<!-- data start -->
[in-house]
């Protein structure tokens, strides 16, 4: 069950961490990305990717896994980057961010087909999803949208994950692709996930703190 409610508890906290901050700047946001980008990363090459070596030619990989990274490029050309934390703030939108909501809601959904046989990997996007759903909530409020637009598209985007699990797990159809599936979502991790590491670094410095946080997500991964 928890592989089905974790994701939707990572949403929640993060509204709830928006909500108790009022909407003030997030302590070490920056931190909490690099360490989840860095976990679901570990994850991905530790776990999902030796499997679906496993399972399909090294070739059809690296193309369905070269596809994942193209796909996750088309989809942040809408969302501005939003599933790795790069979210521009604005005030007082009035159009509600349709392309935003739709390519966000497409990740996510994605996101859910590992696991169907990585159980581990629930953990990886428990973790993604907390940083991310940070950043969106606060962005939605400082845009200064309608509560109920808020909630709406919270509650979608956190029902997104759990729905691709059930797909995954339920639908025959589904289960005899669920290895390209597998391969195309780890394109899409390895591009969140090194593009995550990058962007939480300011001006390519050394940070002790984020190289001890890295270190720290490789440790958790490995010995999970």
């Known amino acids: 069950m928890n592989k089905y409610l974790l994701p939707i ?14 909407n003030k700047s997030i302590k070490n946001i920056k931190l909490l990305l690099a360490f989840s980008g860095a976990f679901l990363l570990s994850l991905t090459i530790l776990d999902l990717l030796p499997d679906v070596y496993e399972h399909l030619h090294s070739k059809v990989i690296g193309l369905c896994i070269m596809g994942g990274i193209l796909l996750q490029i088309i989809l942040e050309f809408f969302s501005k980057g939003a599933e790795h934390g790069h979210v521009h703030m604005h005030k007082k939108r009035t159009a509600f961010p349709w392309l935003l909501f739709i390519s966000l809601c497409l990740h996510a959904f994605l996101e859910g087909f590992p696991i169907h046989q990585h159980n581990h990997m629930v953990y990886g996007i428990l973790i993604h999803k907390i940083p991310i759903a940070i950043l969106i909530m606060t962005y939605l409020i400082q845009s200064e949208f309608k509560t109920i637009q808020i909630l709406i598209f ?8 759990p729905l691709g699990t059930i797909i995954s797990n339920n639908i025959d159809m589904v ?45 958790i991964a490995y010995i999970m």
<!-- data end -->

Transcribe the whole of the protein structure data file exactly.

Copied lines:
[in-house]
């Protein structure tokens, strides 16, 4: 069950961490990305990717896994980057961010087909999803949208994950692709996930703190 409610508890906290901050700047946001980008990363090459070596030619990989990274490029050309934390703030939108909501809601959904046989990997996007759903909530409020637009598209985007699990797990159809599936979502991790590491670094410095946080997500991964 928890592989089905974790994701939707990572949403929640993060509204709830928006909500108790009022909407003030997030302590070490920056931190909490690099360490989840860095976990679901570990994850991905530790776990999902030796499997679906496993399972399909090294070739059809690296193309369905070269596809994942193209796909996750088309989809942040809408969302501005939003599933790795790069979210521009604005005030007082009035159009509600349709392309935003739709390519966000497409990740996510994605996101859910590992696991169907990585159980581990629930953990990886428990973790993604907390940083991310940070950043969106606060962005939605400082845009200064309608509560109920808020909630709406919270509650979608956190029902997104759990729905691709059930797909995954339920639908025959589904289960005899669920290895390209597998391969195309780890394109899409390895591009969140090194593009995550990058962007939480300011001006390519050394940070002790984020190289001890890295270190720290490789440790958790490995010995999970």
């Known amino acids: 069950m928890n592989k089905y409610l974790l994701p939707i ?14 909407n003030k700047s997030i302590k070490n946001i920056k931190l909490l990305l690099a360490f989840s980008g860095a976990f679901l990363l570990s994850l991905t090459i530790l776990d999902l990717l030796p499997d679906v070596y496993e399972h399909l030619h090294s070739k059809v990989i690296g193309l369905c896994i070269m596809g994942g990274i193209l796909l996750q490029i088309i989809l942040e050309f809408f969302s501005k980057g939003a599933e790795h934390g790069h979210v521009h703030m604005h005030k007082k939108r009035t159009a509600f961010p349709w392309l935003l909501f739709i390519s966000l809601c497409l990740h996510a959904f994605l996101e859910g087909f590992p696991i169907h046989q990585h159980n581990h990997m629930v953990y990886g996007i428990l973790i993604h999803k907390i940083p991310i759903a940070i950043l969106i909530m606060t962005y939605l409020i400082q845009s200064e949208f309608k509560t109920i637009q808020i909630l709406i598209f ?8 759990p729905l691709g699990t059930i797909i995954s797990n339920n639908i025959d159809m589904v ?45 958790i991964a490995y010995i999970m």